Technology Resources for Arbitration Practitioners - Audio and videoconferencing
Technology Resources for Arbitration Practitioners
Audio and videoconferencing
Audio and videoconferencing has long been an option for connecting parties, witnesses, experts, arbitrators and counsel in geographically distant locales. Virtually all arbitrations involve the use of ‘dial-in’ numbers to host conference calls, but fewer arbitrations take advantage of videoconferencing.
Used properly, videoconferencing can reduce costs and improve the efficiency, convenience and efficacy of cross-border arbitration; for example, by making it possible to examine witnesses unable or unwilling to travel to the hearing site or enabling the arbitral tribunal to conduct procedural conferences with counsel ‘face to face’ without incurring additional costs or scheduling difficulties. Older technology often resulted in poor video quality or difficulties in connectivity and required the assistance of technical experts in order to establish the video connection, contributing to parties’ reluctance to rely on the technology. Today’s audio and videoconferencing technology may allow for better connectivity, greater ease of use, and enhanced clarity, quality and security. Below are some providers of advanced audio and videoconferencing services.
Web-based videoconferencing platform. Allows a host to schedule and invite participants to a video meeting in as little as ‘six seconds’, according to the website. Ability to connect from any computer, iOS or Android device. High-definition video quality and clear audio is powered by Dolby Voice®, which enables users to communicate clearly regardless of the limits of their personal devices. The platform emphasises a focus on security features to enhance meeting privacy and the ability to use artificial intelligence (AI) technologies, such as voice recognition, to further enhance security. The host is required to pay a modest monthly hosting fee, which permits an invitation of up to 50 participants per meeting.
Ultra-high quality video and audio from TelePresence centres, which are located around the globe. Participants can rent and reserve space at a TelePresence centre near them; a calendar feature makes it possible for multiple participants in different locales to reserve space at the same time. Participants in each TelePresence centre will be in identical rooms with high-quality ‘roaming’ cameras that create the virtual sense of being together in a single room. It is possible for one participant (eg, a witness) to participate from a TelePresence centre while others participate from remote video locations (ie, a hearing centre), but the need for a ‘bridge’ for the connection may reduce quality. While at the higher end of videoconferencing options from a cost perspective, Cisco TelePresence promises to create an immersive and realistic user experience.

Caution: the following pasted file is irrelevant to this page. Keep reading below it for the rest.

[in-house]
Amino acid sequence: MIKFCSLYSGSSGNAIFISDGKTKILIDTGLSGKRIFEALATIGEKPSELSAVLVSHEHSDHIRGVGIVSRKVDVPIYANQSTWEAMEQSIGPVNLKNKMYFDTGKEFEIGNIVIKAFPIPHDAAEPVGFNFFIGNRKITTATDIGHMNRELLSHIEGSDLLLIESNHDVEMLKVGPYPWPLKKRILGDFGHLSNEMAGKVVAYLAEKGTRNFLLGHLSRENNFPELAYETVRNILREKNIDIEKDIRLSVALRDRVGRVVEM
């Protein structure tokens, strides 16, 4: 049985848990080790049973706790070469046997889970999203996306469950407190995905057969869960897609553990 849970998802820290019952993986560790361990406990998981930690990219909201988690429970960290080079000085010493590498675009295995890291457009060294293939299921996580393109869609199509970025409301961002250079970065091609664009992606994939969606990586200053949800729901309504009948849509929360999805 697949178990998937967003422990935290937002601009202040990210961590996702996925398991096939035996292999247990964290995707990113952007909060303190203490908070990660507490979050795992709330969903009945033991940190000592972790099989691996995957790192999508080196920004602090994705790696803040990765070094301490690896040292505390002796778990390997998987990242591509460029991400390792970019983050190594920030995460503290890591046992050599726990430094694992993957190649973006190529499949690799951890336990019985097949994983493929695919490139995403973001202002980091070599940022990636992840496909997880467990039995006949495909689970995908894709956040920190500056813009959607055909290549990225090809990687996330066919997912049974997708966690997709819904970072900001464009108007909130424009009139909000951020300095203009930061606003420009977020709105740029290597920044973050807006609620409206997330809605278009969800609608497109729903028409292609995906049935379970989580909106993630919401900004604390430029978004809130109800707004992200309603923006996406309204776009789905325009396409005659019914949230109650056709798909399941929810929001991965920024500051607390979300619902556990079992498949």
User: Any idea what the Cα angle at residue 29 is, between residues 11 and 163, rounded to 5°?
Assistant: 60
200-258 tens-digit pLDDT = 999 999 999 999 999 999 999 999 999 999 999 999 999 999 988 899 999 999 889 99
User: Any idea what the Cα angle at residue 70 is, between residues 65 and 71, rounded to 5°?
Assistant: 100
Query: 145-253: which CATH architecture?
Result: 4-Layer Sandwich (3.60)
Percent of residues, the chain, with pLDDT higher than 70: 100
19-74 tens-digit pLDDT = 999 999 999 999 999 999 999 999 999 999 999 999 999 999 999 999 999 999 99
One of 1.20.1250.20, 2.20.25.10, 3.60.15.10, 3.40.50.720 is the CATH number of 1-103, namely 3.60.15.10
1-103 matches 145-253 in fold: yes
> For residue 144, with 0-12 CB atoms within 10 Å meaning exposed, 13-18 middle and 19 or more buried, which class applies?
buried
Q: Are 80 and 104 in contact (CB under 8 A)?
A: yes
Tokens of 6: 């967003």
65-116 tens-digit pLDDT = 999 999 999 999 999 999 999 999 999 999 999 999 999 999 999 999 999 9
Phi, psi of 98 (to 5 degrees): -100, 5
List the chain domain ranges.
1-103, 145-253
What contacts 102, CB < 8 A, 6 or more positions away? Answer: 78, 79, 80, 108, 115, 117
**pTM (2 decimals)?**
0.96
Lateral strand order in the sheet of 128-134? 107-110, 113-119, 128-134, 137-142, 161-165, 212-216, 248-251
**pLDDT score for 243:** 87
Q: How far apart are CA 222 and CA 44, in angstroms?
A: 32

Web-based platform for conducting audio conference calls and viewing documents; will be adding a video feature. It was originally developed to overcome the limitations of traditional dial-in conferencing. Parties access the meeting via a link and enter their telephone number, and the system connects users via their personal telephones, allowing for better call quality than may be available over a pure internet connection. Users can view all participants who have joined the call. Documents are shared via screen-share only, making it unnecessary to upload confidential information onto a web platform. The platform requires the host to pay a modest monthly fee that permits a certain number of call minutes per month
Web-based audio and videoconferencing platform. One of the earliest internationally accessible audio and videoconferencing programs, Skype connects users via the internet. Users must have a webcam to be seen through videoconferencing. Skype connections are usually cost-effective and convenient to access, and Skype for Business offers upgrades and security enhancements.
Web and/or software-based platform for hosting videoconferences. Under the Basic plan, which is free, a single ‘host’ can invite up to 100 participants to a video meeting. Participants are invited to join via a link, and the host may require participants to pre-register to enhance meeting security. Participants must have their own webcam in order to be seen on video. The names of all participants are displayed on screen, and ‘gallery view’ allows multiple video users to be displayed on the screen at once. The platform is designed to work well at low Wi-Fi bandwidth, although video quality depends in part on the quality of the user’s webcam.